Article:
Published: 00:05, 12 March 2019
| Updated: 15:09, 18 September 2019
Campaigners fighting the dredging of the Goodwin Sands have gained a major step forward by being granted a judicial review.
The pressure group Goodwin Sands SOS (Save Our Sands) was last Friday awarded the review by the High Court.
This is to examine the Marine Management Organisation's decision to grant a licence for the Port of Dover to dredge 3 million tonnes of aggregate from the shifting sands off Deal.
The Honourable Mrs Justice Thornton granted solicitors leave to proceed to a review on one of two grounds presented to the court by Marie Demetriou QC of the London firm Brick Court Chambers.
Leave was granted following the argumentthat the government's MMOhad not considered the impact of the physical removal of the volume of 2 million cubic metres of sand from a designated Protected Feature in a proposed Marine Conservation Zone
GSSOS argues that the MMO had only considered the impact of removing the surface area of the subtidal sand, which is a designated Protected Feature within the proposed MCZ.
But leave was refused for the second assertion, that the MMO could not conclude that dredging would pose no risk to the underwater cultural heritage of the Goodwin Sands.
This wasbecause, it was argued, the relevant document had not been agreed and finalised before making its decision.
A legal firm representing GSSOS camping co-ordinator Joanna Thomson, Richard Buxton Ltd, is considering appealing against that ruling.
Judge Thornton overturned a previous ruling by Judge David Holgate, who had initially refused leave to proceed.
The judicial review is expected to take place in June.
Mrs Thomson said after the hearing: "This is a major step forward for all of us who consider the Goodwin Sands should not be subject to rapacious mining by Dover Harbour Board, or anyone else.
They are quite simply, not a quarry to be exploited by a budget-driven developer trying to get away with applying 1980s lack of regulations to the present day requirements of detailed environmental statements."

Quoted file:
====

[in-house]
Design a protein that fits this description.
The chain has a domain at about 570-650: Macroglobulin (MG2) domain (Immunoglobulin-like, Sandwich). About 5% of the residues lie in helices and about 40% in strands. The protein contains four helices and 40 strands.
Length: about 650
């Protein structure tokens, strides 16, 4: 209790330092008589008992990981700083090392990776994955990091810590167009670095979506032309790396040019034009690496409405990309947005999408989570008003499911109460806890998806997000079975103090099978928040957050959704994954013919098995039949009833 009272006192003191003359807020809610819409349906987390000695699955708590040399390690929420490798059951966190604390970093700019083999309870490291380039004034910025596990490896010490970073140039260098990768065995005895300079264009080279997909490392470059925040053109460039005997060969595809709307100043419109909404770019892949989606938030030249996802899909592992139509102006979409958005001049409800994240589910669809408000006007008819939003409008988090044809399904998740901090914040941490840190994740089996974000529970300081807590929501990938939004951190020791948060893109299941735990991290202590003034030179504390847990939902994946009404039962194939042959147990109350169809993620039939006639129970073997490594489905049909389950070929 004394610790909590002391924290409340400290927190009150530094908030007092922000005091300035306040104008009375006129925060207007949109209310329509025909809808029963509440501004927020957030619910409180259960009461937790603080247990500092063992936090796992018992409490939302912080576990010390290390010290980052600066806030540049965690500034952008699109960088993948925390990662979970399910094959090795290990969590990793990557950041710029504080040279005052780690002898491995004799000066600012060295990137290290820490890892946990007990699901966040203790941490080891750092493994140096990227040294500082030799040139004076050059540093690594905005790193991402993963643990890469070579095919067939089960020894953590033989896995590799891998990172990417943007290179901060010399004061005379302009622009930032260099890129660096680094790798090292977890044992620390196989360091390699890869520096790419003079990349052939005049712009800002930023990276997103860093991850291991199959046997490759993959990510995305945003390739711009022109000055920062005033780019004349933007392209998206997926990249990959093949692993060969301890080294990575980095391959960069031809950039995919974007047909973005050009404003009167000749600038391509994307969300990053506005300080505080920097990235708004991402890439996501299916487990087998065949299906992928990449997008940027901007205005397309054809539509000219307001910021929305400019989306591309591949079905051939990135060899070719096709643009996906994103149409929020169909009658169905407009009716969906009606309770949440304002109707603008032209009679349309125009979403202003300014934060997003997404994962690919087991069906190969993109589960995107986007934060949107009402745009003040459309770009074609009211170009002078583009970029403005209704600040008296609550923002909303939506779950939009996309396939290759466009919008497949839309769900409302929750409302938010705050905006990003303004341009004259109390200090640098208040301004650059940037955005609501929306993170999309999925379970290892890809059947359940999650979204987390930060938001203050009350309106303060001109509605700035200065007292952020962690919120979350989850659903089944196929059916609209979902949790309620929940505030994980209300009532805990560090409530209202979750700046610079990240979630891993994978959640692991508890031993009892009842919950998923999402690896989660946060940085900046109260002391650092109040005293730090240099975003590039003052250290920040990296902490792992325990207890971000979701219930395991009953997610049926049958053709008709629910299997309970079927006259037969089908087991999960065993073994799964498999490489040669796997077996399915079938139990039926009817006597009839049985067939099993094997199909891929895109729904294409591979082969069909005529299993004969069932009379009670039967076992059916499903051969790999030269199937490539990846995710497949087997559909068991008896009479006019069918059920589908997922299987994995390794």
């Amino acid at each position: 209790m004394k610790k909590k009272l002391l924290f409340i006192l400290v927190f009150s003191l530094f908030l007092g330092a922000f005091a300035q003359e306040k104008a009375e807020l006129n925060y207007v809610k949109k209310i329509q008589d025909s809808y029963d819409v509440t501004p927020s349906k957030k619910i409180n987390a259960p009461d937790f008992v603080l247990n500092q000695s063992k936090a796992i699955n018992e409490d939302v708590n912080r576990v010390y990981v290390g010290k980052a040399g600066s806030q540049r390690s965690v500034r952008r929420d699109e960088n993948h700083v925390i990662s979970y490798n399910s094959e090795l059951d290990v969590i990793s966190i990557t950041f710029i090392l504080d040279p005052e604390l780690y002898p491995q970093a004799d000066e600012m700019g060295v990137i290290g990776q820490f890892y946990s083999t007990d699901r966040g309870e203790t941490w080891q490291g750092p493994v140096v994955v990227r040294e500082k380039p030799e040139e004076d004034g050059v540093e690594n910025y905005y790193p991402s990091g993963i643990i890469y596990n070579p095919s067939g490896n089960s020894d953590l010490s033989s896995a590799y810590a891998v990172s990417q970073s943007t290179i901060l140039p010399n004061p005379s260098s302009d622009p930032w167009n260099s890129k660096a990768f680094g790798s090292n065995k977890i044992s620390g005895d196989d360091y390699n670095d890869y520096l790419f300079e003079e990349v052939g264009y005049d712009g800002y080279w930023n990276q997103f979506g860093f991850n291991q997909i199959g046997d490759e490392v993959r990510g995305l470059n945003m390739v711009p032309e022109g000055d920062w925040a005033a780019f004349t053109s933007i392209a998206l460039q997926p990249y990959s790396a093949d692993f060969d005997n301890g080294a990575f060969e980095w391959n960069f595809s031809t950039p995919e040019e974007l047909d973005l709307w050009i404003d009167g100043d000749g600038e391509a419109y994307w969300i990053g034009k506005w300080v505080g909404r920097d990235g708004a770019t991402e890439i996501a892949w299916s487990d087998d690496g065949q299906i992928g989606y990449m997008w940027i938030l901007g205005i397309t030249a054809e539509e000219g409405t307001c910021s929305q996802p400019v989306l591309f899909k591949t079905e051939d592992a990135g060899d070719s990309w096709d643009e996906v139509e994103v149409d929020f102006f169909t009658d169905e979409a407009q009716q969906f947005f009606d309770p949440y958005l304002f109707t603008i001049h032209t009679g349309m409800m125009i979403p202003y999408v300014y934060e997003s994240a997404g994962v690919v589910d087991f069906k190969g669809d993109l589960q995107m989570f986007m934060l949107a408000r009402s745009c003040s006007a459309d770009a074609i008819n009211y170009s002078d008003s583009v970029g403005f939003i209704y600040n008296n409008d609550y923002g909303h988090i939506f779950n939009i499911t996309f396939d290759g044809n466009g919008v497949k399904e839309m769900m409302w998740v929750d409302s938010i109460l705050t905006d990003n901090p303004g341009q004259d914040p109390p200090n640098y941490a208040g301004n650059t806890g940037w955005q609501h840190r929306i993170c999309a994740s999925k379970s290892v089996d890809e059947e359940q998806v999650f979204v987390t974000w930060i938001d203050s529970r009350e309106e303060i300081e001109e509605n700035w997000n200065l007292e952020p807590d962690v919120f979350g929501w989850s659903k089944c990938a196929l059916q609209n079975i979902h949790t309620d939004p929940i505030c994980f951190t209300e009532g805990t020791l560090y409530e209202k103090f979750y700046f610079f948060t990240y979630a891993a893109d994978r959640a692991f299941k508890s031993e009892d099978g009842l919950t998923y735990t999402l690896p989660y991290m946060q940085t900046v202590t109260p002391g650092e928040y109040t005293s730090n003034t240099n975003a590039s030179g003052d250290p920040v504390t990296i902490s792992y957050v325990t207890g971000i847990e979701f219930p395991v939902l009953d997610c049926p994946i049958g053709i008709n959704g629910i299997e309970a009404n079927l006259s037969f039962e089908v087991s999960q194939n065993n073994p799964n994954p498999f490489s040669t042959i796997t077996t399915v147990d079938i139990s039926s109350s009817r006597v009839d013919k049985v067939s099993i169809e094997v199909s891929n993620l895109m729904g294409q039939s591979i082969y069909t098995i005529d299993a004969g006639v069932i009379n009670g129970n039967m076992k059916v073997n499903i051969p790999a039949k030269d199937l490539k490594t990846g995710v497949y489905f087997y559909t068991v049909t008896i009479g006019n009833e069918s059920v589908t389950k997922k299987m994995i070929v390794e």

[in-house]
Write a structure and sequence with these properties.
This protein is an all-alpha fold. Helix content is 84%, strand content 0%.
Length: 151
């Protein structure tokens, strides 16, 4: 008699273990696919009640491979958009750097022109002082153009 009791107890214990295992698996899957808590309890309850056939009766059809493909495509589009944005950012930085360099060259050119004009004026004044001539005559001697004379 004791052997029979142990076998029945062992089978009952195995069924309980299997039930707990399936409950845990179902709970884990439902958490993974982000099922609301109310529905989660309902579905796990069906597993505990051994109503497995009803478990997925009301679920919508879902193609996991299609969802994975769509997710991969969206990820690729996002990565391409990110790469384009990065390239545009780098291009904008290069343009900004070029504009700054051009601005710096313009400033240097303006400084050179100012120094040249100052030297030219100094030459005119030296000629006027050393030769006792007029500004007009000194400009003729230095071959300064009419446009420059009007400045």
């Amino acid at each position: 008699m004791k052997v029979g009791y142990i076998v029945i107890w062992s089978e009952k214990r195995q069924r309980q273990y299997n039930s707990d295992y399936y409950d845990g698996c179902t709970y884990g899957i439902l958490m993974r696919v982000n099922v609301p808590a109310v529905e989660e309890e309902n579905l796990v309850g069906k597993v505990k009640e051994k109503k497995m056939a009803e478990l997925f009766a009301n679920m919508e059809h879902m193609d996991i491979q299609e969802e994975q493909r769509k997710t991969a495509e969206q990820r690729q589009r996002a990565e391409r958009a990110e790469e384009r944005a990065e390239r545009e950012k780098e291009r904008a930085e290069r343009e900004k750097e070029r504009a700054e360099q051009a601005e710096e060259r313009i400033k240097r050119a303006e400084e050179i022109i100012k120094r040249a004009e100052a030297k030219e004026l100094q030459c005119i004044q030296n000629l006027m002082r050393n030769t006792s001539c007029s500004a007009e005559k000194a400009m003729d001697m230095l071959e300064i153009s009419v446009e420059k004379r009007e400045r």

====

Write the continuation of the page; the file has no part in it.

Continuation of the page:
GSSOS supporters welcoming the decision included a man whose uncle was shot down over the Sands during the Second World War.
Richard Kerr-Wilson said: "The Goodwins should be respected as a war grave for those who gave their lives for their country during the war."
Flying Officer Jack Kerr Wilson was shot down in May 1940.
Key fears of GSSOS are the disturbance of wartime remains through dredging plus environmental damage.
The Port of Dover, which was granted the licence last July, wants to dredge a small part of the shifting sands, near Deal, for its major Dover Western Docks Revival redevelopment.
It argues that it would only take 0.22% of the Sands.
GSSOSS needs tens of thousands of pounds for its battles through the courts over the next few months.
A total £30,000 has been raised but another £30,000 is needed.
If you want to contribute see the web link crowdjustice.com/case/help-us-save-the-goodwin-sands/
A spokesman for the Port of Dover said: “We are obviously disappointed that permission to apply for a judicial review has been granted, particularly as the previous decision by the High Court described the case as ‘hopeless and comes close to being certified as wholly without merit’.
"The case will now proceed to a substantive hearing that will focus on one narrow technical issue relating to topography.
“The initial decision by the MMO to grant the licence followed extensive, iterative and consultative process which included all respective primary consultees, among them Historic England and Natural England.
“The MMO is an independent, evidence based decision maker and the licensing authority for England and we continue to have full confidence in the marine licence application process, and the resulting consent from the MMO.
"This includes a number of conditions specifically designed to protect the environment, war graves, archaeology, and the wider historic environment.”
More by this authorSam Lennon